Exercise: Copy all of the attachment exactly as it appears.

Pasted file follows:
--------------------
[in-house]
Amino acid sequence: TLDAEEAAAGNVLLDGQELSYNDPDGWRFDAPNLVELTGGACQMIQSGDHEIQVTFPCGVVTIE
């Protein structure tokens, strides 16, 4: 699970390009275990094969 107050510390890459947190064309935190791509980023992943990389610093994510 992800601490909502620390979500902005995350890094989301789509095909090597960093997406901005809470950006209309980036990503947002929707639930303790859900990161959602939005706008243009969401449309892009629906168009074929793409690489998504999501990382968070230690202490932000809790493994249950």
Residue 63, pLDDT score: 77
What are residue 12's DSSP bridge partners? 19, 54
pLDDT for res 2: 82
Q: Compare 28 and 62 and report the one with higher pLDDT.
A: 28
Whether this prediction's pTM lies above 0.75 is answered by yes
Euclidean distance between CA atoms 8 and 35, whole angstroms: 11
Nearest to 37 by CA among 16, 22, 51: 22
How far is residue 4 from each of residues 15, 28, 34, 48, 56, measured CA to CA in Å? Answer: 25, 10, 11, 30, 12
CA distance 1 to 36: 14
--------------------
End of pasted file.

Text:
[in-house]
Amino acid sequence: TLDAEEAAAGNVLLDGQELSYNDPDGWRFDAPNLVELTGGACQMIQSGDHEIQVTFPCGVVTIE
């Protein structure tokens, strides 16, 4: 699970390009275990094969 107050510390890459947190064309935190791509980023992943990389610093994510 992800601490909502620390979500902005995350890094989301789509095909090597960093997406901005809470950006209309980036990503947002929707639930303790859900990161959602939005706008243009969401449309892009629906168009074929793409690489998504999501990382968070230690202490932000809790493994249950």
Residue 63, pLDDT score: 77
What are residue 12's DSSP bridge partners? 19, 54
pLDDT for res 2: 82
Q: Compare 28 and 62 and report the one with higher pLDDT.
A: 28
Whether this prediction's pTM lies above 0.75 is answered by yes
Euclidean distance between CA atoms 8 and 35, whole angstroms: 11
Nearest to 37 by CA among 16, 22, 51: 22
How far is residue 4 from each of residues 15, 28, 34, 48, 56, measured CA to CA in Å? Answer: 25, 10, 11, 30, 12
CA distance 1 to 36: 14